"I loved my time at the school - it's a privilege to be there and you are aware of the chance that you have been given, but at the same time I was just a normal school kid who did the same stuff that everyone does. I loved coming home to Gorleston at weekends and catching up with all my old friends, too," he said.
"If this is the life that you choose, you are also choosing the hours of practicing and the commitment to your instrument. When I took part in BBC Young Musician, I was also taking A levels in music and English, and it's tough. But there is nothing in the world that I'd rather do."
Last year, Maxim made his concerto debut in Symphony Hall in Birmingham as part of the Grand Final of BBC Young Musician 2018. His performance of Tchaikovsky's Rococo Variations with the City of Birmingham Symphony Orchestra, broadcast live on BBC Radio 3 and BBC 4, was praised for its 'natural ease' and 'emotional lyricism'. Earlier in the competition he won the Strings Category Final performing works by Lutoslawski, Brahms and Stravinsky.
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Other career highlights have included a performance of Brahms' Double Concerto in Cadogan Hall, London with Tianyou Ma (finalist of the International Menuhin Violin Competition 2018) and recitals throughout the UK and Guernsey. Maxim has also performed at many prestigious venues including Wigmore Hall, the Royal Festival Hall and BOZAR in Brussels.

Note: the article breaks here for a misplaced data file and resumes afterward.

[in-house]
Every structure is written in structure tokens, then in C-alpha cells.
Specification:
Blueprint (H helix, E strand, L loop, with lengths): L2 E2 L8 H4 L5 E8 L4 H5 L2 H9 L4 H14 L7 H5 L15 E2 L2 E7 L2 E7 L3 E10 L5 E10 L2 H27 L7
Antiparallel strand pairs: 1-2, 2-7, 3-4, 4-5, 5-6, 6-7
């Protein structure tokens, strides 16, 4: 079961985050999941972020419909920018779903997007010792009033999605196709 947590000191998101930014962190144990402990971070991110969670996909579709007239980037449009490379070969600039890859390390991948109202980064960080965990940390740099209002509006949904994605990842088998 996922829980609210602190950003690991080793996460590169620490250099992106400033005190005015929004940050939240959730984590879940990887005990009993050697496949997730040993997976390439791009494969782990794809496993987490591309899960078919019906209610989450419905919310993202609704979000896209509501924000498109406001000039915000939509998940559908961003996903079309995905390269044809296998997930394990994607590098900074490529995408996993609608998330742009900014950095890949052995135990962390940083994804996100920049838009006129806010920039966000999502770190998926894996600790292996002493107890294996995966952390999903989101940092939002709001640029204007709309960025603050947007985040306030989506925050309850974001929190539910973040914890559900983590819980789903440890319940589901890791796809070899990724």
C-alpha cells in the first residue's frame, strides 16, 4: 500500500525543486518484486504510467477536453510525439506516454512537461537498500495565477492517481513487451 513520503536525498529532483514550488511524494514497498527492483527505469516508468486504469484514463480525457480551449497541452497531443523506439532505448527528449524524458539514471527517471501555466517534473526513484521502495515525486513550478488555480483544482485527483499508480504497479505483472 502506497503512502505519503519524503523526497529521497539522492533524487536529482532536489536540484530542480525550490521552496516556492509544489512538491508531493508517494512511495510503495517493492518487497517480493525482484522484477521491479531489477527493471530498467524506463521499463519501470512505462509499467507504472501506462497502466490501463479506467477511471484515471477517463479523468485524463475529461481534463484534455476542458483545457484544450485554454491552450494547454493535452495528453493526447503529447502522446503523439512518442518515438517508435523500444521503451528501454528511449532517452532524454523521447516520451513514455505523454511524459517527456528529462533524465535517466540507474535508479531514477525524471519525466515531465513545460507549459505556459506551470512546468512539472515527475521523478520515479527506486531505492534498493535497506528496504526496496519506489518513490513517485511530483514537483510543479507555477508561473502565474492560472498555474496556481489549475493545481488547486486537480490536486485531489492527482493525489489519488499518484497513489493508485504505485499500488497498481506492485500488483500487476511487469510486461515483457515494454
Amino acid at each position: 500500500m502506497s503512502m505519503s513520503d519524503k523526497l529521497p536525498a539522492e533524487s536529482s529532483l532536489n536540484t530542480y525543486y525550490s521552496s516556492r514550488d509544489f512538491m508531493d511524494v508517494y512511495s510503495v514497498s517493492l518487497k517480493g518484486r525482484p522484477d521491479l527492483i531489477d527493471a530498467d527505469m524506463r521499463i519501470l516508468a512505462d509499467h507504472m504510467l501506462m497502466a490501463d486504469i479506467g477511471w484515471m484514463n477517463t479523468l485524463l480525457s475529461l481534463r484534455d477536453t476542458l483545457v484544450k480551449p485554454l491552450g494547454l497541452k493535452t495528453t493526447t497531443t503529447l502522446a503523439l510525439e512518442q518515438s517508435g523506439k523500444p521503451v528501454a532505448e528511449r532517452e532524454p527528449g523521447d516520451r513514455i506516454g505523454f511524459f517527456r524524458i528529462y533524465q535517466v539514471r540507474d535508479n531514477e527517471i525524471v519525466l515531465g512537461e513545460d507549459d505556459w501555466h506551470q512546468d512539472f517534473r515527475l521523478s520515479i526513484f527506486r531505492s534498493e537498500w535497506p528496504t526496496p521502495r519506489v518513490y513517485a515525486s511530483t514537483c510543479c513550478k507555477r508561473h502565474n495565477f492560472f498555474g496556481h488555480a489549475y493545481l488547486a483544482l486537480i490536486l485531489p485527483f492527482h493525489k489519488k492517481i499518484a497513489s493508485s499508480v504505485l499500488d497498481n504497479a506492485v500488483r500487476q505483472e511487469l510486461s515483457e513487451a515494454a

His festival appearances include the Gstaad Menuhin Festival in Switzerland, Southwold Arts Festival and the Wimbledon International Festival, where his performance of Delius' cello sonata was singled out for its "depth of tone and passionate intensity".
The young musician is now a student at the Royal College of Music with Professor Melissa Phelps, and is a Hargreaves and Ball Trust Scholar supported by a Herbert Howells and Thomas Fielden Scholarship and also benefitted from the Young Classical Artists Trust's support after his time in the BBC competition.
"I realise just how lucky I am because I have been so well supported with my music," said Max, "lots of other young people aren't as lucky because music is disappearing from the curriculum and that's such a shame because it's such a wonderful addition to everyone's life.
"Music enriches people's lives and can offer so much to people. It can change your mood in minutes - I just wish there were more opportunities for young people to learn how to play instruments or at least have the opportunity to try. It's something I feel very passionate about."
Max will be performing with pianist Gorka Plada Girón and playing a programme which includes Bach's Cello Suite no1 and Rachmaninoff's Cello Sonata Op 19. The concert will begin at 1pm. Next month, Max's fellow BBC Young Musician of the Year 2018 competitor, pianist Lauren Zhang will be at The Assembly House for the lunchtime concert on December 12.
Max will be home for Christmas before returning to the Royal College to continue his studies. Will there be any family concerts while he is back in Gorleston? "Evie and I have been known to put on little concerts at home," Max admits, "but that was a long time ago and it's been even longer since we've persuaded Dad to join in!"
* Find out more about the lunchtime concert series and buy tickets at www.assemblyhouseclassical.co.uk or call 07786 940878.